Does fracking boost risk of preterm birth?

While a new study can't pinpoint why pregnant women have worse outcomes near the most active hydrofracking wells, every step of the drilling process has an environmental impact, says Brian S. Schwartz. (Credit: Sean Molin/Flickr)

Expectant mothers who live near active hydrofracking of natural gas wells are at increased risk for high-risk pregnancies and premature delivery.

The findings shed light on possible adverse health outcomes associated with fracking, or hydraulic fracturing. The drilling technique, which opens up difficult-to-reach gas and oil deposits, has been booming in areas of the United States over the past decade.

Health officials and many residents have been concerned about the effect of the drilling on air and water quality and about stress on residents. Just development of a drill site can require 1,000 truck trips on once-quiet roads. In Pennsylvania in 2006, there were fewer than 100 unconventional gas wells; now there are more than 8,000.

“The growth in the fracking industry has gotten way out ahead of our ability to assess what the environmental and, just as importantly, public health impacts are,” says Brian S. Schwartz, professor of environmental health sciences at Johns Hopkins University Bloomberg School of Public Health.

[Some hospital stays go up where there’s fracking]

“More than 8,000 unconventional gas wells have been drilled in Pennsylvania alone, and we’re allowing this while knowing almost nothing about what it can do to health.”

For a new study published in the journal Epidemiology, researchers analyzed data from Geisinger Health System, which covers 40 counties in north and central Pennsylvania. They studied the records of 9,384 mothers who gave birth to 10,946 babies between January 2009 and January 2013 and quantified how close fracking activity was to the mothers’ homes and the stage of drilling, depth of wells, and volume of gas produced during the pregnancies.

“We’re allowing this while knowing almost nothing about what it can do to health.”

Living with the most active quartile of drilling and production activity is associated with a 40 percent increase in the likelihood of a woman delivering pre-term, before 37 weeks of gestation. They also found a 30 percent increase in the chance that an obstetrician had labeled a pregnancy “high-risk,” reflecting factors such as elevated blood pressure or excessive weight gain.

The US Centers for Disease Control and Prevention says that preterm-related causes of death together accounted for 35 percent of all infant deaths in 2010, more than any other single cause. Being born prematurely is also a leading cause of long-term neurological disabilities in children. Preterm birth cost the US health care system more than $26 billion in 2005, they say.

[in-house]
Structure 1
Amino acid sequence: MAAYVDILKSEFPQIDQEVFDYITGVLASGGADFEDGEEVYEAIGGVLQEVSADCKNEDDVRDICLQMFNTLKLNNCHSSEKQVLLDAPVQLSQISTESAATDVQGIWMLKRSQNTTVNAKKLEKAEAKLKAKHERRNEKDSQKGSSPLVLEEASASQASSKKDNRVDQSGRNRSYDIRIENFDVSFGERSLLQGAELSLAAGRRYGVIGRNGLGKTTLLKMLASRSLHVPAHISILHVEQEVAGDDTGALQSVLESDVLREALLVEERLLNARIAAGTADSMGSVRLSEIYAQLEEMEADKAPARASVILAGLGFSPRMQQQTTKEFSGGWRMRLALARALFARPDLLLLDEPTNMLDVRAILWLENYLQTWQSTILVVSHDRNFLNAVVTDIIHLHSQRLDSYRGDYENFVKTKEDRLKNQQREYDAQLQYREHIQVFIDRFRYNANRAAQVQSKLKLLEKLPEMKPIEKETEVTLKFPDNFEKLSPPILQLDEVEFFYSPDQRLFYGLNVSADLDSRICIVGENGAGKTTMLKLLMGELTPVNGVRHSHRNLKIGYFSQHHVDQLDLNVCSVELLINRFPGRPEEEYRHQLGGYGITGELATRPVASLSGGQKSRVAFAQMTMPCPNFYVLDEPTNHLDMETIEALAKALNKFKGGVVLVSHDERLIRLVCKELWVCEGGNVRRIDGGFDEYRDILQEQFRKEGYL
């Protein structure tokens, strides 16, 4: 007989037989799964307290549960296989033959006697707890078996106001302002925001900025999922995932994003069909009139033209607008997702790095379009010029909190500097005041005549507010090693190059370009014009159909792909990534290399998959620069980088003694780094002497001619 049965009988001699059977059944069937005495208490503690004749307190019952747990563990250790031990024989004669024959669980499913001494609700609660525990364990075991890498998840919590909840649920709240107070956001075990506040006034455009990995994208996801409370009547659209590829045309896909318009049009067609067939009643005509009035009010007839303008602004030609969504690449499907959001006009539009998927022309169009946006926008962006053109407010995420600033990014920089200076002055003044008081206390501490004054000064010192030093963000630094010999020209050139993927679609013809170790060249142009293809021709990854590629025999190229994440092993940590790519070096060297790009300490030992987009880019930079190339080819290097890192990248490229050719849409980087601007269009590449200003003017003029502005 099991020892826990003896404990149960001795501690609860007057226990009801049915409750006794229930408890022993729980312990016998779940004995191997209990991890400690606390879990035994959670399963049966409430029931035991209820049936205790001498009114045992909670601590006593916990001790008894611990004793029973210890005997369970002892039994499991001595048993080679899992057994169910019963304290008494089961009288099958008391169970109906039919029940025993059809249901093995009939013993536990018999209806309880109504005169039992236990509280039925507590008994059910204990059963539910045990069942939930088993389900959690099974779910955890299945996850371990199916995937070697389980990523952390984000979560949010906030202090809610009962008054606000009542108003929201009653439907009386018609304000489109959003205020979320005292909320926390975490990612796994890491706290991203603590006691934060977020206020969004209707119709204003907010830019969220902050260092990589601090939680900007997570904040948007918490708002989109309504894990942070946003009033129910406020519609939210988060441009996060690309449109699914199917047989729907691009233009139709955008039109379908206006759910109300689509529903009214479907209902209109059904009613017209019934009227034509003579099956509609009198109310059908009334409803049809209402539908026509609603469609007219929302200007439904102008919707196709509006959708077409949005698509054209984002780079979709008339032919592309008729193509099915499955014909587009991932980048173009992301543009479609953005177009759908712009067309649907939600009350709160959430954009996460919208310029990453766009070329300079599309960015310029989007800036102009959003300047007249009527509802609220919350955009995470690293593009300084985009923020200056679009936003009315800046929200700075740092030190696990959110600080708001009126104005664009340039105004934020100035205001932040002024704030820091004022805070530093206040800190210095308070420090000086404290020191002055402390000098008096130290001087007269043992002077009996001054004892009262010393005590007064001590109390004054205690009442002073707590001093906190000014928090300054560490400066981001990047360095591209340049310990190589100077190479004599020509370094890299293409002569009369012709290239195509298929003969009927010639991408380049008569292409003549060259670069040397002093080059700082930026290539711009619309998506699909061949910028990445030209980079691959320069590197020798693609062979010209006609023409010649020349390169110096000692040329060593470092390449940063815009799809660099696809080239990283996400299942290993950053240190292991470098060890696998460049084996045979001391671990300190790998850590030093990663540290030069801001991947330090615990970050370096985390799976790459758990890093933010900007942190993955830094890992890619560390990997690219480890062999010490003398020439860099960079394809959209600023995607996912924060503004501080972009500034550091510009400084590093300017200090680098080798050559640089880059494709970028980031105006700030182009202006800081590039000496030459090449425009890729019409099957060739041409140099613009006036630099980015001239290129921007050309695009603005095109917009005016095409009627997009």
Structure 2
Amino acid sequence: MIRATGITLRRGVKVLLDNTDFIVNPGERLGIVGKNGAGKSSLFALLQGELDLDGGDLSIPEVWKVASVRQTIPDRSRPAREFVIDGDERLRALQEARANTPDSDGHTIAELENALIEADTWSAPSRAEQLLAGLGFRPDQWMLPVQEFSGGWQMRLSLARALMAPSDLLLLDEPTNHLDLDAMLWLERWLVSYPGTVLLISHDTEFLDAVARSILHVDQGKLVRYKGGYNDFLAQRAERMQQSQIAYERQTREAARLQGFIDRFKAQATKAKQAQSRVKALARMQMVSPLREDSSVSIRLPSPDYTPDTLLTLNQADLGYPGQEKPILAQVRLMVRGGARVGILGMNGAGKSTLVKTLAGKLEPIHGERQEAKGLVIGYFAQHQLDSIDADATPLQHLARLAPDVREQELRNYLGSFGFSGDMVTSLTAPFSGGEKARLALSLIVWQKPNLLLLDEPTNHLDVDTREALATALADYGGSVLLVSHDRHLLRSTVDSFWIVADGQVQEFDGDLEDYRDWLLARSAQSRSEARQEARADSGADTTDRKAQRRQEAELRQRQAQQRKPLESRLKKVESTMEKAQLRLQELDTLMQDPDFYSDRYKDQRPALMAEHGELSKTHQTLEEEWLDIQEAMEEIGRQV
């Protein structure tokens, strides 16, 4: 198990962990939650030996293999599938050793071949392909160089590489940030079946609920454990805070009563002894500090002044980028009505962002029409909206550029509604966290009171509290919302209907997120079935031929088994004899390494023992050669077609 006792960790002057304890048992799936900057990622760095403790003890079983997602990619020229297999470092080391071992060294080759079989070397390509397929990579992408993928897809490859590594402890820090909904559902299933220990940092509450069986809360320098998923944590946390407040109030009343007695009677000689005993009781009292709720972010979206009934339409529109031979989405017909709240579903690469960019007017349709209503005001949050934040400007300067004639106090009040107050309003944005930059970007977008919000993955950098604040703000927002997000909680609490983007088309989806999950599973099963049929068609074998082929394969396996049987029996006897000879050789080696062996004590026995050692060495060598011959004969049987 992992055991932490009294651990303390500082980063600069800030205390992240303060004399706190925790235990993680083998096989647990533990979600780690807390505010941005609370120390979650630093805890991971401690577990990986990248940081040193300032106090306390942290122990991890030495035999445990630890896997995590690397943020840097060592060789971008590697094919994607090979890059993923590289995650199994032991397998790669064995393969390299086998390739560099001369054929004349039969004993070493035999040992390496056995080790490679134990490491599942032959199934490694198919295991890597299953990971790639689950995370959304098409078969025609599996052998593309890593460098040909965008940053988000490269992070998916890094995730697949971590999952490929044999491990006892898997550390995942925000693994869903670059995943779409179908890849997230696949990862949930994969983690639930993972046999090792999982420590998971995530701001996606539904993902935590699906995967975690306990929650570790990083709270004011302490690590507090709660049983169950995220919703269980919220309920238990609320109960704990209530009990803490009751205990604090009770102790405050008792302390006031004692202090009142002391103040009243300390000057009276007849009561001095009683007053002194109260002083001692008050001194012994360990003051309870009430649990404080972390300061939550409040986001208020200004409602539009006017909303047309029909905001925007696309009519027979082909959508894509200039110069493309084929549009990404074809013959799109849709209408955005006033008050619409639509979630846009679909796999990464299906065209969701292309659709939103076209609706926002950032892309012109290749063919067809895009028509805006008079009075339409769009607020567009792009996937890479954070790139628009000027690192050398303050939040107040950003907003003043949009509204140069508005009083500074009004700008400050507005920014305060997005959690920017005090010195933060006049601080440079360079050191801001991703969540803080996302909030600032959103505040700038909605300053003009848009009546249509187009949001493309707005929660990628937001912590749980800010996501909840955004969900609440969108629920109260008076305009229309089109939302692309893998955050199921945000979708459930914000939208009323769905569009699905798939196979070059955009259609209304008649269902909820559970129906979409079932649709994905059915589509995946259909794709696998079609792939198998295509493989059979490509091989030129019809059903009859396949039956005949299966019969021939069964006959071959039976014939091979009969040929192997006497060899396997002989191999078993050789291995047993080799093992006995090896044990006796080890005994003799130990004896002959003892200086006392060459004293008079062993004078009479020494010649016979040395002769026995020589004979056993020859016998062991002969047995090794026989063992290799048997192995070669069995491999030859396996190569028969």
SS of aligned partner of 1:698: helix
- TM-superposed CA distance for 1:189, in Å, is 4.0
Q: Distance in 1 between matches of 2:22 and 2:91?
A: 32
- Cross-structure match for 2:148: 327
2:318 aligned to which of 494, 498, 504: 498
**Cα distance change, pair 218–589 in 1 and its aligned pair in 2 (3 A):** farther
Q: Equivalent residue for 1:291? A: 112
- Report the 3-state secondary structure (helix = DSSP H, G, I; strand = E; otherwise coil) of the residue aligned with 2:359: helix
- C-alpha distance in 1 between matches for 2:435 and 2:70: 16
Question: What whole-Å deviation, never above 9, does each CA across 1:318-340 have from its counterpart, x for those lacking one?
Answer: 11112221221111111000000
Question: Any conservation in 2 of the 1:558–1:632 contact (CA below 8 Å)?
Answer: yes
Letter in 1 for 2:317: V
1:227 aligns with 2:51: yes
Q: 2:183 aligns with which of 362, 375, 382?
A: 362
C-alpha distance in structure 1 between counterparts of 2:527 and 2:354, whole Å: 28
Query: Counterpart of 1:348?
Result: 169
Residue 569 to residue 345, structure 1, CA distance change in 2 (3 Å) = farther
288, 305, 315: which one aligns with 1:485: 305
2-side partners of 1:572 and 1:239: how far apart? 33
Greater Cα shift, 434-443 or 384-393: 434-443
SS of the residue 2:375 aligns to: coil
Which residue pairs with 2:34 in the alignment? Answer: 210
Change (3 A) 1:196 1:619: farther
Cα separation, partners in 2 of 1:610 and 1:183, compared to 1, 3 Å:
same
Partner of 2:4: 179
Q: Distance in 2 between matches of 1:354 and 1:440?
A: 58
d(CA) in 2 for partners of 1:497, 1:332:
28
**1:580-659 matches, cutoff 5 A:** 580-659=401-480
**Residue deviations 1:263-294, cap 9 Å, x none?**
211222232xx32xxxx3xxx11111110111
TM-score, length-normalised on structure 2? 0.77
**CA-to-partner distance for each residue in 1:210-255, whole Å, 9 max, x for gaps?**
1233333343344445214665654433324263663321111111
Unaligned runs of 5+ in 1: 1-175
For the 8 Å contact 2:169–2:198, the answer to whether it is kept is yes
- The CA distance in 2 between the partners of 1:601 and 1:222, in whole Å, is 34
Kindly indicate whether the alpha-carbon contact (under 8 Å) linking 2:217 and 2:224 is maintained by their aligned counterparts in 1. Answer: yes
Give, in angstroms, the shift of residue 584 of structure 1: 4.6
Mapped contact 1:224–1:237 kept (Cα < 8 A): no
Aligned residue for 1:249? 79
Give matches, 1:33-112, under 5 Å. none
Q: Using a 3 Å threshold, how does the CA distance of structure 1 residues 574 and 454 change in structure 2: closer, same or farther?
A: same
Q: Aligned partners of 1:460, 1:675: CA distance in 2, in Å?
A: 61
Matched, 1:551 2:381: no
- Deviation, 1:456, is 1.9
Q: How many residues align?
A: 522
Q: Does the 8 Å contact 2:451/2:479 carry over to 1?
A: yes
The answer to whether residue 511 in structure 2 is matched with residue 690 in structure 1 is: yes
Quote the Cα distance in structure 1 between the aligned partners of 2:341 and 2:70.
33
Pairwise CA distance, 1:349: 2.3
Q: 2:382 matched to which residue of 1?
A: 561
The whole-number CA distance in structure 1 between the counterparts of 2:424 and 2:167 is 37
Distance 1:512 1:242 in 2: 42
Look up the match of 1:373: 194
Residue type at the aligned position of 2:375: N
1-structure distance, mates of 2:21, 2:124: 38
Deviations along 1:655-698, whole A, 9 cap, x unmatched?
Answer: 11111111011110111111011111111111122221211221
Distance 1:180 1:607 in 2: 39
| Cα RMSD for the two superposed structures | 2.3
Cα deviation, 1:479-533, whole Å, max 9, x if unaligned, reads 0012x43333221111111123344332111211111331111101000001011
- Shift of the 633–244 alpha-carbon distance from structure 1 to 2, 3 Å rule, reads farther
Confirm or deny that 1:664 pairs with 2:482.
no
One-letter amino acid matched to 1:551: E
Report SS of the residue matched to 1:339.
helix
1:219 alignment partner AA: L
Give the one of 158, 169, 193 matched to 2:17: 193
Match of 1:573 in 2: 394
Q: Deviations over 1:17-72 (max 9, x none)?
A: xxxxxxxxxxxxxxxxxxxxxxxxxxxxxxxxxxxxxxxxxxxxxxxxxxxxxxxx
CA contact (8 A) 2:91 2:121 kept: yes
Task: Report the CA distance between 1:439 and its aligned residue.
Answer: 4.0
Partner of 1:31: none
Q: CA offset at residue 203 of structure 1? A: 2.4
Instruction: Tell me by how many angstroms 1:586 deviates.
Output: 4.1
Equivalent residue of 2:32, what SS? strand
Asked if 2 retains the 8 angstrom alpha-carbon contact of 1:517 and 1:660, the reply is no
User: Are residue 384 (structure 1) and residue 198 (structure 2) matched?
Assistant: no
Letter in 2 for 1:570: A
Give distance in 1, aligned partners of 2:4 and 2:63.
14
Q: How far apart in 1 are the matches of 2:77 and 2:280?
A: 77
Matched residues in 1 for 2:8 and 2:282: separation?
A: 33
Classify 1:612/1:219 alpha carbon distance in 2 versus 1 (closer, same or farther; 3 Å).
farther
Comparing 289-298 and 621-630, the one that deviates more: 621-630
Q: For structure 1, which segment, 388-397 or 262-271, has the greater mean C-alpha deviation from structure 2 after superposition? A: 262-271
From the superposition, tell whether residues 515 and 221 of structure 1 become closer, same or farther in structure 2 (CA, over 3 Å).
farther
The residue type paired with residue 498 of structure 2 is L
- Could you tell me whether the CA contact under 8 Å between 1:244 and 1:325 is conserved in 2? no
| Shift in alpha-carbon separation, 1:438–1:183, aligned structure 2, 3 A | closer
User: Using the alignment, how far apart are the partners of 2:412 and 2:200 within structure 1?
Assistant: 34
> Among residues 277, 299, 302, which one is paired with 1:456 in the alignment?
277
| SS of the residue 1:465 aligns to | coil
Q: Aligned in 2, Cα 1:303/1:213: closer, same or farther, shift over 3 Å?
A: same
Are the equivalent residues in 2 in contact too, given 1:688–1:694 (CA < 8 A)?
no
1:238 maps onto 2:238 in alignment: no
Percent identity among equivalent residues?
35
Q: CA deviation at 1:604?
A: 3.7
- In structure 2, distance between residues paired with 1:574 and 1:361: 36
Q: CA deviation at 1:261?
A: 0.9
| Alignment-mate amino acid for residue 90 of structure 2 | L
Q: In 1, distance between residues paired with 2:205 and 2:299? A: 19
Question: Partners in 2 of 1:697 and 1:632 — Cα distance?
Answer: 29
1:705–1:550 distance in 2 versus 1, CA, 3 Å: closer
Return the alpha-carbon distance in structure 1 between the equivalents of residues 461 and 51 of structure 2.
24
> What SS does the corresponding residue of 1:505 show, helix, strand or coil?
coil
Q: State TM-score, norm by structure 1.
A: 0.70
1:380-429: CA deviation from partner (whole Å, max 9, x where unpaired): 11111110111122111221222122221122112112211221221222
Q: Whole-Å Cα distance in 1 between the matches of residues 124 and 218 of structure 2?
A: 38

[5 common worries when fracking comes to town]

While the study can’t pinpoint why pregnant women had worse outcomes near the most active wells, every step of the drilling process has an environmental impact. Diesel equipment is used to clear acres of land and transport equipment. Drilling down thousands of feet and then horizontally requires heavy equipment. Fracking then involves injecting millions of liters of water mixed with chemicals and sand to fracture the shale where the gas sits. The fluid is pumped back to the surface. The gas itself also releases pollutants.

“Now that we know this is happening, we’d like to figure out why,” Schwartz says. “Is it air quality? Is it the stress? They’re the two leading candidates in our minds at this point.”

Energy companies moved to fracking when natural gas prices were high and supplies were low. While New York has banned fracking and there is a moratorium in Maryland, Pennsylvania has embraced the industry.

At the peak in 2011, Pennsylvania dug 1,900 wells and gas was $12.11 per thousand cubic feet. And while production is down as prices have plummeted—the state is on track for fewer than 500 new wells in 2015 with the price at $3.69 in July—Schwartz predicts the economy will again shift and fracking will be back in favor.

Policymakers must understand there may be real risks as they make decisions on future wells, Schwartz says. While research is still in its infancy, everything that has come out so far should give decision makers cause for concern.

“The first few studies have all shown health impacts. Policymakers need to consider findings like these in thinking about how they allow this industry to go forward.”

The National Institute of Environmental Health Sciences, the Robert Wood Johnson Foundation, and the National Science Foundation funded the work.

Source: Johns Hopkins University